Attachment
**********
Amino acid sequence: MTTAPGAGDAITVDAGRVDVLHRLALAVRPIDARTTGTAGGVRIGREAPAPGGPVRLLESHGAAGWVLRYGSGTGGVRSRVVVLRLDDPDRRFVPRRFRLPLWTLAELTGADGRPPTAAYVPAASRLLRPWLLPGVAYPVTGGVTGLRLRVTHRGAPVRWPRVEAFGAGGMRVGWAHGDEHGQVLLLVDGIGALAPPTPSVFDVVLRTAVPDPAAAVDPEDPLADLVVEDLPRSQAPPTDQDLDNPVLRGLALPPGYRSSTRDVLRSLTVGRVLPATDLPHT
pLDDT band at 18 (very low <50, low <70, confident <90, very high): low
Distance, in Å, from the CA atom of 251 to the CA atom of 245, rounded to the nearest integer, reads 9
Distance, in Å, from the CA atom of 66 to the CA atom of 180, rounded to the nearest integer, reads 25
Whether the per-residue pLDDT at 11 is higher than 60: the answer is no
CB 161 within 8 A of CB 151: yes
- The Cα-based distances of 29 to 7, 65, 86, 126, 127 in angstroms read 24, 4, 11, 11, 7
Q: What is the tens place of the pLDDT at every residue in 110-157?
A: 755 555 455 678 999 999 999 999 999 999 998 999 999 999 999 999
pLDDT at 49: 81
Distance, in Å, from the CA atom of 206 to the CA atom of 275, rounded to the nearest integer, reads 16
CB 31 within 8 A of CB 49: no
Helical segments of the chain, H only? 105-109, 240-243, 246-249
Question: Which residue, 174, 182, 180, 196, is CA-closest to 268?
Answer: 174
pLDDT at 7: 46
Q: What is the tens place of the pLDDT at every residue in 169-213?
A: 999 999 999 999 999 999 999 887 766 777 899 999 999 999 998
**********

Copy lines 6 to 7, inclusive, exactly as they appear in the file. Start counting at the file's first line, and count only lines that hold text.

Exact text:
CB 161 within 8 A of CB 151: yes
- The Cα-based distances of 29 to 7, 65, 86, 126, 127 in angstroms read 24, 4, 11, 11, 7